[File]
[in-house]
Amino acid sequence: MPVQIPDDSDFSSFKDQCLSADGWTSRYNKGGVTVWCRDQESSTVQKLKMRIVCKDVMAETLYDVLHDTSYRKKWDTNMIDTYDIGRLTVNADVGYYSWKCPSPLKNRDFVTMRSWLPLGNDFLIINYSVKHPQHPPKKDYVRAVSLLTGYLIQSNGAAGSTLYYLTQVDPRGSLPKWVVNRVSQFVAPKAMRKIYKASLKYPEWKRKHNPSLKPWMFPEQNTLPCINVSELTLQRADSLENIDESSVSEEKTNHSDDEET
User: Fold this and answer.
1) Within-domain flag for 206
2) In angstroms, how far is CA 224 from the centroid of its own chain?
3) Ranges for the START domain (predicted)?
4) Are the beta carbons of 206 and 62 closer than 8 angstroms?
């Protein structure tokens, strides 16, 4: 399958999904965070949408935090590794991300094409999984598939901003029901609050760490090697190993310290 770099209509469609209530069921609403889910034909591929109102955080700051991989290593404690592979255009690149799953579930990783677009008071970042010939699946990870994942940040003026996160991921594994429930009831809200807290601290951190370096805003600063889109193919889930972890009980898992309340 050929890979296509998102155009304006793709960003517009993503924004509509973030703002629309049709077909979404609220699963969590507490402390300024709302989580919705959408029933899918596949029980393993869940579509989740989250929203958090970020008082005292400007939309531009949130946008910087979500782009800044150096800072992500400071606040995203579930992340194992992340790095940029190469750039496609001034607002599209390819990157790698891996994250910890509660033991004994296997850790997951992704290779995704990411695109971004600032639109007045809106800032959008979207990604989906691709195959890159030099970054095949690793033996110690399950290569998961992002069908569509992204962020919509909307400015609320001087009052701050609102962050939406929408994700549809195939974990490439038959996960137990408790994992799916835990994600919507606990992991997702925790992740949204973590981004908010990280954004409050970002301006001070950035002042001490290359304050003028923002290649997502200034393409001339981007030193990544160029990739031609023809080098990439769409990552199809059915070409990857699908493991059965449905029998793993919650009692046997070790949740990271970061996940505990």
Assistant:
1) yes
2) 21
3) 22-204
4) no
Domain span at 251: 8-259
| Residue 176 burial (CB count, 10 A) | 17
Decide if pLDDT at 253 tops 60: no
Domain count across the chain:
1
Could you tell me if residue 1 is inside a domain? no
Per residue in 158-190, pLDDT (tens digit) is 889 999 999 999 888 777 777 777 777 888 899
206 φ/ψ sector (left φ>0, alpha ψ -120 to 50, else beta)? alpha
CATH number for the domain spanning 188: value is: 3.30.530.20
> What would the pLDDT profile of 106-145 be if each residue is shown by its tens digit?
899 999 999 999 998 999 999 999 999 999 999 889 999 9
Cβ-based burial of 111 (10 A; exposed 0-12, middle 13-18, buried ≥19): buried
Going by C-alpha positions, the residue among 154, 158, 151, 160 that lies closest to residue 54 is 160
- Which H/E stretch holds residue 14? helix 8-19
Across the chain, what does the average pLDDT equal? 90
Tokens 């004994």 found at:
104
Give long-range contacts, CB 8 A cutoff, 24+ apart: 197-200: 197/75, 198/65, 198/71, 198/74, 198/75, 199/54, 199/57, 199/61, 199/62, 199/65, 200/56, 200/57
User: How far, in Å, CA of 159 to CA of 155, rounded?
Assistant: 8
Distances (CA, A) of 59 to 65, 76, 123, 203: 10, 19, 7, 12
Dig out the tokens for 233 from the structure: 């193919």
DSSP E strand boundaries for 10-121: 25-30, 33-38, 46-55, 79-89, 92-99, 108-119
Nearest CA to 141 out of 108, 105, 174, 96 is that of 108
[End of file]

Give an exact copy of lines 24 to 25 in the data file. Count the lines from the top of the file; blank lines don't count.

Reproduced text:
899 999 999 999 998 999 999 999 999 999 999 889 999 9
Cβ-based burial of 111 (10 A; exposed 0-12, middle 13-18, buried ≥19): buried